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Dec. 11, 2017
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On a mission: Hyltons embrace vision of Ark on Lake Lanier

 
By Pamela A. Keene 
 
It all started with having their desire to purchase their dream lakeside home turned down more than a dozen years ago. But something about the two-plus acre farmhouse property kept beckoning Jeff and Alycea Hylton to Lake Lanier from their home on the other side of Gainesville.
 
“We really fell in love with the property from the moment we first saw it,” says Jeff, now an executive and financial adviser with Merrill Lynch in Gainesville. “At the time, the current owners, who also owned another home, didn’t really want to sell it, although Jeff tried to negotiate. Then in early 2006, Jeff’s father in Augusta was diagnosed with brain cancer, and any plans to purchase the property were set aside. 
 
“I made a deal with God when we moved back to Augusta to take care of my father,” Jeff said. “I told God that I was walking away from the property and if He wanted me to have it, He’d have to bring it back to me. About six months later, we got an email from the owners of the property. They had decided they didn’t need two mortgages so they were willing to sell it, and they came to us first. We jumped at the chance.”
 
Jeff and Alycea spent the next six months planning and implementing major renovations with the guidance of Alycea’s father Dick Young, who was a contractor at the time. The renovations included updating the then-10,000-square-foot house’s layout, kitchen, bathrooms and common areas. The couple developed the overall design and worked with architects in Atlanta and, in April 2007, they moved into the main house with their three children – Brittany Claire, Brooks and Bennett – and began a journey of faith that has connected them with people around the globe.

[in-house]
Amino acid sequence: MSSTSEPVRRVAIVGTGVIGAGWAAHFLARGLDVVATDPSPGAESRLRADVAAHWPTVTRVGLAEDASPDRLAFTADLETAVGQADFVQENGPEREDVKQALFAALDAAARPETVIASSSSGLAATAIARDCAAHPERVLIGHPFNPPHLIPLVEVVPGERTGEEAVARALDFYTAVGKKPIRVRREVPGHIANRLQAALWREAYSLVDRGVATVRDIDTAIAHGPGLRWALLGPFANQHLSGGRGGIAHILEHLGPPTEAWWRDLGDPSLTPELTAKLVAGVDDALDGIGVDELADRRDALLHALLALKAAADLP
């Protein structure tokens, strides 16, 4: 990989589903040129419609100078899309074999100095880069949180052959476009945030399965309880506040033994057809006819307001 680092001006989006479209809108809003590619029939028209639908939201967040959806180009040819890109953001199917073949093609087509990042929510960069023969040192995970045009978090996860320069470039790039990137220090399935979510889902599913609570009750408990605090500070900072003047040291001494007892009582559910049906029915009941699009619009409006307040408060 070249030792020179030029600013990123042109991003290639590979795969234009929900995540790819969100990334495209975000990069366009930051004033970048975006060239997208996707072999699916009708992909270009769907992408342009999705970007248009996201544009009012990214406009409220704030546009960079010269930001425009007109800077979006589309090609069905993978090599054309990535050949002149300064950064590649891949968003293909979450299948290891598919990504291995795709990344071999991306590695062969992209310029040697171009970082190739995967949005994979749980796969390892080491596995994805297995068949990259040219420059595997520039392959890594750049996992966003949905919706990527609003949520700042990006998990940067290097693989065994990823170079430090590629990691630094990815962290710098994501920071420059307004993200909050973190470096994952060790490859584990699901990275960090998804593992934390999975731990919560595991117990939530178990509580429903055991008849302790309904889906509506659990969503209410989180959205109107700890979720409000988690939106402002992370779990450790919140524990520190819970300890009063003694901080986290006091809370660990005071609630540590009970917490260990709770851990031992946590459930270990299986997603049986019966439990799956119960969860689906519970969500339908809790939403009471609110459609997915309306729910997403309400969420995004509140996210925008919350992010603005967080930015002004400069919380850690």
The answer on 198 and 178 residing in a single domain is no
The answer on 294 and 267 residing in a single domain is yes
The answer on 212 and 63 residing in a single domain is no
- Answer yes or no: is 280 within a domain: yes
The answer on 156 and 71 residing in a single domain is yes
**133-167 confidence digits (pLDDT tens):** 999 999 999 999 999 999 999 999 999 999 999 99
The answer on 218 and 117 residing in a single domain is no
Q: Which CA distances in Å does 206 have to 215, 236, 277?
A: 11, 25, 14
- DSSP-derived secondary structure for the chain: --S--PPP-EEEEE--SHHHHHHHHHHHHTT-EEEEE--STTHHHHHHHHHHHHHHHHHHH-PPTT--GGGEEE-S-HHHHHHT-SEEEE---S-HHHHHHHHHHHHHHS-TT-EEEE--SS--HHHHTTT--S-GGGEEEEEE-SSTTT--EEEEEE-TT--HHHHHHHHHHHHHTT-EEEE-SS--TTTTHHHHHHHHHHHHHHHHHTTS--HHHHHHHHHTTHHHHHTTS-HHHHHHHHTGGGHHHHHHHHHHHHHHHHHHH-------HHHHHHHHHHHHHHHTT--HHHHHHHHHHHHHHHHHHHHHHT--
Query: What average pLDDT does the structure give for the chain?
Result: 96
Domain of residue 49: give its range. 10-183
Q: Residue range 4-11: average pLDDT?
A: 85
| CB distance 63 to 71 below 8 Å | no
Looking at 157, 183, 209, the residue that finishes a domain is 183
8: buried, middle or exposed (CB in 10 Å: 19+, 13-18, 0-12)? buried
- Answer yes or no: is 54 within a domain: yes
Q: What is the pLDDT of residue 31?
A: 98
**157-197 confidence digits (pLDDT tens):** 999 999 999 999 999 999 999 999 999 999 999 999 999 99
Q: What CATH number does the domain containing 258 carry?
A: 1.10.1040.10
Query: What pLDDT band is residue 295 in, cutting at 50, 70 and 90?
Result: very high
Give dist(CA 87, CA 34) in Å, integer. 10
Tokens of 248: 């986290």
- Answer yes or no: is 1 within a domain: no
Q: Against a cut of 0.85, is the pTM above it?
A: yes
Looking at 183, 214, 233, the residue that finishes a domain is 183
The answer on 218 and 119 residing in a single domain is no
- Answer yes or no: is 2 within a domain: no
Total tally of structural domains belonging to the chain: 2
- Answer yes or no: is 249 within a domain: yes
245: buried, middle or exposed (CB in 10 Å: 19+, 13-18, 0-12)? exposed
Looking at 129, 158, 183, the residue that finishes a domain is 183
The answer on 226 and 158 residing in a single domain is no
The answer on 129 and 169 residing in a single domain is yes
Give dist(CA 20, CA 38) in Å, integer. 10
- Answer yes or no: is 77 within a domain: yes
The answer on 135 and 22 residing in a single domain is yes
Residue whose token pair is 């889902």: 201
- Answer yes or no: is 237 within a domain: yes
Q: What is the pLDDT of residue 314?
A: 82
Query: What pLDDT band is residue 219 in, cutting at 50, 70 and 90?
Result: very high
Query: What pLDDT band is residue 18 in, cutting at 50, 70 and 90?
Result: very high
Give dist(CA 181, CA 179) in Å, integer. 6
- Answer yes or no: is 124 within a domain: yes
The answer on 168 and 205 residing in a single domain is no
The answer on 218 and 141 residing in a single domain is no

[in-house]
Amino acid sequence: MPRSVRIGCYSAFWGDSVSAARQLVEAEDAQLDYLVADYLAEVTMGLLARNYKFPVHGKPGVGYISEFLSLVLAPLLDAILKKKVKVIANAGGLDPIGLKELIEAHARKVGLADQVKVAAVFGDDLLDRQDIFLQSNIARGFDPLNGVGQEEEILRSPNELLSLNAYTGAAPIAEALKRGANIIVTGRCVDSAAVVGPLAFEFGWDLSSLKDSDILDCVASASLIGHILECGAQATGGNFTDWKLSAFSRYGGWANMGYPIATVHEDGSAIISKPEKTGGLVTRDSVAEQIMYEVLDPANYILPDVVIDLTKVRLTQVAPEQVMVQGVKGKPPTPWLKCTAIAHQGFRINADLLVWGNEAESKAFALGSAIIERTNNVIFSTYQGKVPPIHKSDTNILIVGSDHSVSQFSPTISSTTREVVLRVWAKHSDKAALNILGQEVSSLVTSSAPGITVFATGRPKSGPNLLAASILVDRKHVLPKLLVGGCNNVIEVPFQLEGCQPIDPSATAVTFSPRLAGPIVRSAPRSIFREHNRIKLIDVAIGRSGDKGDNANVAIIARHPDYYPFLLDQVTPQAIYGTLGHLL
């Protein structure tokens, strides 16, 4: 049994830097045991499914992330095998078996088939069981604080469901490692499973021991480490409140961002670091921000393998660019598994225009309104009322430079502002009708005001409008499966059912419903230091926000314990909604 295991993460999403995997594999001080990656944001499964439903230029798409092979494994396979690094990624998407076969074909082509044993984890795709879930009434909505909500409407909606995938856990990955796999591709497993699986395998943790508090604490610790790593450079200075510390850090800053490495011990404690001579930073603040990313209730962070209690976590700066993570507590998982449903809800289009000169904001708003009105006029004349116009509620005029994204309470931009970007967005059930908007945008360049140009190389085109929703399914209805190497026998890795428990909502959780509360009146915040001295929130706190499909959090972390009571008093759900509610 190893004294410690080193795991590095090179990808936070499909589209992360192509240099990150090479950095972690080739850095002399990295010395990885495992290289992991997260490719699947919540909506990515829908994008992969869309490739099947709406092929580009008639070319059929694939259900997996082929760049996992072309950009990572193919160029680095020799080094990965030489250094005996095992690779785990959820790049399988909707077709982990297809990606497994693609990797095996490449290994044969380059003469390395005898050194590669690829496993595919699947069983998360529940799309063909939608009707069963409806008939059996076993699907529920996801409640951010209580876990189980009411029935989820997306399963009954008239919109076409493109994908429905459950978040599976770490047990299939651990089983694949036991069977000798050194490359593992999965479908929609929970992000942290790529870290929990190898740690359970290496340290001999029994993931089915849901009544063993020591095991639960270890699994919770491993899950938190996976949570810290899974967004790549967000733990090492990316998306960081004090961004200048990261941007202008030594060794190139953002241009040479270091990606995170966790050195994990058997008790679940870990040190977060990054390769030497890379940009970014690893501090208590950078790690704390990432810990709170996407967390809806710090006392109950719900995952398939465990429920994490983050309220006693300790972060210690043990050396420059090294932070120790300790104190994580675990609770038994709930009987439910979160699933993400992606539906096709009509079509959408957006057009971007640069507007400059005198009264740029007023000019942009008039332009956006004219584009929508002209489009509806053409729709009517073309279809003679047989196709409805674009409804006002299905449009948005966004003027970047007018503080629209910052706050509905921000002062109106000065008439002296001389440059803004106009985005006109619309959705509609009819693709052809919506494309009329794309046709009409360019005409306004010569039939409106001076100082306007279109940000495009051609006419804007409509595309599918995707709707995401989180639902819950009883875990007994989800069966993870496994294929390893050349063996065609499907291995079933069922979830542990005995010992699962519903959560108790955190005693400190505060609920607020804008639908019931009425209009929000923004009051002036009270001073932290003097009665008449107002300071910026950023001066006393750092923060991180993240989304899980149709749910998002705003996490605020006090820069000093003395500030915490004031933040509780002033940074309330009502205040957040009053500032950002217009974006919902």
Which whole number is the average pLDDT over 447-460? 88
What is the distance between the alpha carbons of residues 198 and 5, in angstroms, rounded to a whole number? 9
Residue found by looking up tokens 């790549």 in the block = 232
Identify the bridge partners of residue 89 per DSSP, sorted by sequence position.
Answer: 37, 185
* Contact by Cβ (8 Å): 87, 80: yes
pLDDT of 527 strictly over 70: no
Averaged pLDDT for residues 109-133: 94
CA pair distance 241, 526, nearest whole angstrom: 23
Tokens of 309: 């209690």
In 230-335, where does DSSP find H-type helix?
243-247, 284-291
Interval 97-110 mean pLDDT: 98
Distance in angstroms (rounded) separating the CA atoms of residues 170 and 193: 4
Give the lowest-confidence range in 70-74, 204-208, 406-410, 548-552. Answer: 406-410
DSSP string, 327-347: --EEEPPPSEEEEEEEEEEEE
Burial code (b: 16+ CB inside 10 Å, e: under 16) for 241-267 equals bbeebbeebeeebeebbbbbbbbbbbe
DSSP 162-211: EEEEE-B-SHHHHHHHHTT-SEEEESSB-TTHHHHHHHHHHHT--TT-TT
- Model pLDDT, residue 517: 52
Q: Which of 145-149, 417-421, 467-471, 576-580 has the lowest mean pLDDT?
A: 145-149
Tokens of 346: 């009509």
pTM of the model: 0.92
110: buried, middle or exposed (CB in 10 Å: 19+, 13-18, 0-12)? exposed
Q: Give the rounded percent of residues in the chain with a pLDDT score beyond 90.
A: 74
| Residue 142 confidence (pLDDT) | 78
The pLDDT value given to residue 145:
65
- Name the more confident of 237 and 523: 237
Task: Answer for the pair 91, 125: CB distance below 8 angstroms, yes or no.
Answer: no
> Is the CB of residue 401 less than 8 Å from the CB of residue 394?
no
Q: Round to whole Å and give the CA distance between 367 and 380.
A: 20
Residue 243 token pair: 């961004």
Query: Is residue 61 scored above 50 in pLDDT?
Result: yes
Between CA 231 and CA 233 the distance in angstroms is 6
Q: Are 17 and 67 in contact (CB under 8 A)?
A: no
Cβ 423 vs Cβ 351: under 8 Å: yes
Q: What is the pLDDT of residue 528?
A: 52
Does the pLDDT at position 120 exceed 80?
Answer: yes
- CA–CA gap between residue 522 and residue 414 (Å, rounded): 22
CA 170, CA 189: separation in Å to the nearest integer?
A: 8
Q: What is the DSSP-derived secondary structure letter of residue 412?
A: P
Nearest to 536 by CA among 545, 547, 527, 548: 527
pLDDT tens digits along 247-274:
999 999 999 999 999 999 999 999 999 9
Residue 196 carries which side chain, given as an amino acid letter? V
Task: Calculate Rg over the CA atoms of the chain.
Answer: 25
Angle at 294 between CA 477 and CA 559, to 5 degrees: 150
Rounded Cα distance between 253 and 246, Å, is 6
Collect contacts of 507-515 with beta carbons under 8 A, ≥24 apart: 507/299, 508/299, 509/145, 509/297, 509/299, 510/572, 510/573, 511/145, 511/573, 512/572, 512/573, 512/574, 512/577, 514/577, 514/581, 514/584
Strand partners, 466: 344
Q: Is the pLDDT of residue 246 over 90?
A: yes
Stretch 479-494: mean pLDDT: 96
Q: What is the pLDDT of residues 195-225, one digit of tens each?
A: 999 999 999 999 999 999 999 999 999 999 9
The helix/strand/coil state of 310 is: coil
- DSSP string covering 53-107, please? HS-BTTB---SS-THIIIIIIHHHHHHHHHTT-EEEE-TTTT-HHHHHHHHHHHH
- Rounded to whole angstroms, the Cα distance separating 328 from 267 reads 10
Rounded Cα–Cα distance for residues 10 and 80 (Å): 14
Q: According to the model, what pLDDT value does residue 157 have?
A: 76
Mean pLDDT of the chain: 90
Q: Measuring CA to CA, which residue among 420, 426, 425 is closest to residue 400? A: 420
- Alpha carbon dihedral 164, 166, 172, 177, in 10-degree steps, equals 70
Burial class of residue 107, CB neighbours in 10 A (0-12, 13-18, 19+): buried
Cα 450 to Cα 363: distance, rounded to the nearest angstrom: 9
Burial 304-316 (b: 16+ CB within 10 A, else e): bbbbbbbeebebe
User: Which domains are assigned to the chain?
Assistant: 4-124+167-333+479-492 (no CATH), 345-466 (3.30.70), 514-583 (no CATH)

The family envisioned it as a working farm and soon purchased two goats that became seven goats, two alpacas and 15 chickens. They renovated the pool and pool house and created a lakeside fire pit for entertaining. 
 
The end of the summer in 2008 was “memorable” for the family in many ways. “The stock market crashed, the lake was down over 20 feet, and while we were on vacation at Hilton Head over Labor Day, we got a call that the house was on fire,” he said wryly. Two rooms and part of the garage were destroyed; the cause was spontaneous combustion as a result of cleaning materials that had been stored. “Needless to say, it was very disorienting.”
 
Within six months, the house had been cleaned and partially repaired, but not rebuilt. Jeff and Alycea felt like the house needed to be expanded, and since it sounded like a crazy idea, they didn’t do anything at first. They put up temporary sheetrock to cover the areas still under construction. “People couldn’t understand why we wanted to build more bedrooms and baths,” Jeff said. “The economy was in a downturn and the market was in the tank, but we just kept having the feeling that we needed to build more bedrooms, even though we already had 10 or 11. People thought we had lost out minds.”
 
Another year went by and still the Hyltons felt like they needed to add more rooms to the house. They renovated both cabins, eventually bringing the total to 14 bedrooms and 12 baths and creating space to sleep more than 40 people. They also built a state-of-the-art home theater with 16 leather reclining seats and created more areas for gathering and niches for private time with views of the lake.